I’ve read your post and the many responces you have gotten

My heart goes out to you. It’s bad enough that your sister has been so nasty to you, but doublely so when you were going through heart surgery and needed her support. It’s really sad but when involved in MLM not much else matters. My son is in Quixtar and I know of two people in his line that have gone away to a conference the last three years when it was their children’s birthdays. So, yes I’m afraid that their MLM becomes their first priority. Quixtar tells them that by
going to meetings, conferences, and especially all the time spent recuiting, that they are building their business so that they’ll be able to spend more time with their families in the future. My reaction to that is they will never be able to get back the time they lost with them no matter what. And yes, they are guilted into going to all functions. It keeps them “Plugged In” (I call it brainwashed).
They say it sets a good example for their downline. I call that a way to make more money for people at the top. Negative? Hell yes, to us, but they convince everyone that everything they do is positive. The negativity comes from the outside, us. But just what if someone decided NOT to go to a function, buy books or CDs (the tools you need to build your business) or decide to leave the business? I would bet a lot of negativity would be said from the uplines. But of course they are just trying to help them build their business.

Categories: MLM, money, Quixtar

You’ve missed the point

When someone is recovering from surgery, the focus is on them. It’s not a time to give a gift that is about recruiting. It’s a time to give a gift that says, “I care about you.”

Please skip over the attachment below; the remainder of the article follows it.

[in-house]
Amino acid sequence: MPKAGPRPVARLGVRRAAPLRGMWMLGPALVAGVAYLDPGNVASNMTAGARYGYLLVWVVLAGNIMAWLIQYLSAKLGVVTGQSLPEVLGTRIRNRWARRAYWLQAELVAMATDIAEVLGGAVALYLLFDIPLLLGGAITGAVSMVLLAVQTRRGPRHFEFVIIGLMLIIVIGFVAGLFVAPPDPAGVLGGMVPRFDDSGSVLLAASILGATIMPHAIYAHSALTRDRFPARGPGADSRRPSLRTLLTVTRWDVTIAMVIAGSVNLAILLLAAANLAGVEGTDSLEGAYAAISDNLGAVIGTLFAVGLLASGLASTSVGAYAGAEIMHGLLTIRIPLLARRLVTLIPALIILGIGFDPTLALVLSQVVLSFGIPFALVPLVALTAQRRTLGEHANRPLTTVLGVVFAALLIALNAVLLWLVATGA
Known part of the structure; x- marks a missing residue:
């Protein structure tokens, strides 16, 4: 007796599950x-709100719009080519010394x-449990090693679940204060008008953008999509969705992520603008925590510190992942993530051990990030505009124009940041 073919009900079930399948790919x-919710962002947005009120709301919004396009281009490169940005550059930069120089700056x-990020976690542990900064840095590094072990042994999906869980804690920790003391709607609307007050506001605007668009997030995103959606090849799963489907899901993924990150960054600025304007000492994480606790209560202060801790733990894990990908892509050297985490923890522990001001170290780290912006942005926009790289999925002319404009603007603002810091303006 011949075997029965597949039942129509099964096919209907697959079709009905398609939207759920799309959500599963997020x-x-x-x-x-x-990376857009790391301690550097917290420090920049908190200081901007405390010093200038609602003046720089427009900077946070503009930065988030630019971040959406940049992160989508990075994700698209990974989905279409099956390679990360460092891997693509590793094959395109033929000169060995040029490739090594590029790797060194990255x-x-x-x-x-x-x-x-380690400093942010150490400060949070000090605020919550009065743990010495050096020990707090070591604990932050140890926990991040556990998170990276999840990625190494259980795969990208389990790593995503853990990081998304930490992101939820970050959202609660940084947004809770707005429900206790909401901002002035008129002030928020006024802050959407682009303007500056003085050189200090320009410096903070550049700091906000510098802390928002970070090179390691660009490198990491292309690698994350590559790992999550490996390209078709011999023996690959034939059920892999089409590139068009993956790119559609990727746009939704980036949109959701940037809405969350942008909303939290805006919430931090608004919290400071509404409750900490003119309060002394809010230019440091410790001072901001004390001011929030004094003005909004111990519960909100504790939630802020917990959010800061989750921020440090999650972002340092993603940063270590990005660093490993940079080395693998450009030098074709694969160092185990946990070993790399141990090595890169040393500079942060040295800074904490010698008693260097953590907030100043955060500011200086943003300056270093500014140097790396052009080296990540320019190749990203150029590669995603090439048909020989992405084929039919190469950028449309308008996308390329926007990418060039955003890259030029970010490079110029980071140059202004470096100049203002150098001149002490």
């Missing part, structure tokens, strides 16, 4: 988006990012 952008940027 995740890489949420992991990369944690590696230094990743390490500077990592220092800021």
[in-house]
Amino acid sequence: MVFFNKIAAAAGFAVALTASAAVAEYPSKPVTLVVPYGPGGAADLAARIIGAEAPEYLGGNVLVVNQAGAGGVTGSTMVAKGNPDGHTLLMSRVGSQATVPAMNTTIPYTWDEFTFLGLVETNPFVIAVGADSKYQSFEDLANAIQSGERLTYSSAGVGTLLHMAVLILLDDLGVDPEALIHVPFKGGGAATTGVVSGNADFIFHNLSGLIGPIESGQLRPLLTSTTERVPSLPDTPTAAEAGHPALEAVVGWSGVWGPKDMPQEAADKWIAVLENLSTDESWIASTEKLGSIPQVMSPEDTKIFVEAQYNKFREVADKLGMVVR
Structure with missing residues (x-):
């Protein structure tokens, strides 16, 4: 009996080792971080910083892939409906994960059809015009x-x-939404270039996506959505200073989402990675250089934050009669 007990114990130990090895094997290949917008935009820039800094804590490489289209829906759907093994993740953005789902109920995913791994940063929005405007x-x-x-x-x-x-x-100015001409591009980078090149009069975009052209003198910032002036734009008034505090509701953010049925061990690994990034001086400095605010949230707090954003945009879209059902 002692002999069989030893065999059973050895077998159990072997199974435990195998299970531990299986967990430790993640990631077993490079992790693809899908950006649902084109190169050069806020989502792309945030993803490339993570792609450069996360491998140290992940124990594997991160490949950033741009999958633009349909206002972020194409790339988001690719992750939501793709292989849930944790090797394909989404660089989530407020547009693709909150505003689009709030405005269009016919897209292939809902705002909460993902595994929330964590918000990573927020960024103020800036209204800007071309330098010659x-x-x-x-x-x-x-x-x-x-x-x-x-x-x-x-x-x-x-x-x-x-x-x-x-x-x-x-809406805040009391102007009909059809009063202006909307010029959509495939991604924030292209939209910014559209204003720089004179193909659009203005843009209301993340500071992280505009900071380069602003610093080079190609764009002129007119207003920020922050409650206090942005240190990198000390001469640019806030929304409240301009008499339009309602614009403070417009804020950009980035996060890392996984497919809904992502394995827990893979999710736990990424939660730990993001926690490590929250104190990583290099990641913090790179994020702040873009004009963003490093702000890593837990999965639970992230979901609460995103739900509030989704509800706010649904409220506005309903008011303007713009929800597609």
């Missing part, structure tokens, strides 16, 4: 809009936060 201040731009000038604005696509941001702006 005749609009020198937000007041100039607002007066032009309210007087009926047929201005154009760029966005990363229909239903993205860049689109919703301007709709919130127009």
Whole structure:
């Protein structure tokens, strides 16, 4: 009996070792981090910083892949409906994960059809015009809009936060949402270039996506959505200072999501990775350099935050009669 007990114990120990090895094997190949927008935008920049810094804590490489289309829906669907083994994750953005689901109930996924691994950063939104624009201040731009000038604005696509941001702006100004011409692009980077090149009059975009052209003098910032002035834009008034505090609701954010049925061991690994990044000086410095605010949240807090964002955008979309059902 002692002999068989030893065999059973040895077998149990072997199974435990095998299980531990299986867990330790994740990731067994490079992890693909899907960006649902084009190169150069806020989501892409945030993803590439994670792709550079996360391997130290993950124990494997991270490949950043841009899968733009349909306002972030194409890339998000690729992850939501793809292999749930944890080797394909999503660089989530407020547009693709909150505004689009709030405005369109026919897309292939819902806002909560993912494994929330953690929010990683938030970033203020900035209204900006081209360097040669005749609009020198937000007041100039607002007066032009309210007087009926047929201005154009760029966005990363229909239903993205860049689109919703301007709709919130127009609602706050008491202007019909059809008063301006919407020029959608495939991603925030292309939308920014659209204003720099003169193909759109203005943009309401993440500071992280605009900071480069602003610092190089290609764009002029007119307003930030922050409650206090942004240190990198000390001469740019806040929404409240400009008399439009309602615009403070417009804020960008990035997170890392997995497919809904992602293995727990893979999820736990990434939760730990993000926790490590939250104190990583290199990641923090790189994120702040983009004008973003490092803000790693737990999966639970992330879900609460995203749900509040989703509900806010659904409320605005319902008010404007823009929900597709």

Period. End of statement. “I care about you.” Not, “I care about you BUT if you like it, you can join me.” Roxy had already told her she didn’t want to be a distributor previously. It’s a loaded gift and it’s clear at that point it’s not about, “I hope you get better,” it’s about, “Here’s a gift from my stuff and I want you to know about it.”
If you don’t see the difference, then you’re missing something big and important in terms of human needs and behavior.

Categories: MLM, money

No way intended to offend you by misquoting or

mistaking what you were saying concerning your sister. I think it is a perfect way for your sister to involve you in something she is passionate about without putting on the pressure to buy. If you like it.. you will get more I guess.
I am just trying to absorb what is being said and not trying to become completely close minded about MLM’s in general, because I don’t think you can lump them all together, especially in light of a company like Avon becoming multi level. They have been around forever, and I remember my mom going door to door selling it before there was such a think as the internet and there weren’t Avon ladies on every corner back then.
I can understand the purpose of the blog is to protect those who feel victimized or affected by MLM’s, but should we become as obstinant about all MLM’s being bad as proponents of them claim they are all good?
I am here to objectively gather info in general because I have had so many different family members involved in different things…but basically it seems like the business model is a viable one in theory and I just don’t see much wrong with self promotion. If your sister owned a steak house (and it was a franchise even) she would probably tell you to come on down and eat there…no one would argue that you should support her. Granted I don’t know a thing about her MLM, because I have no personal experience with them…maybe they are not financially viable for their prospects.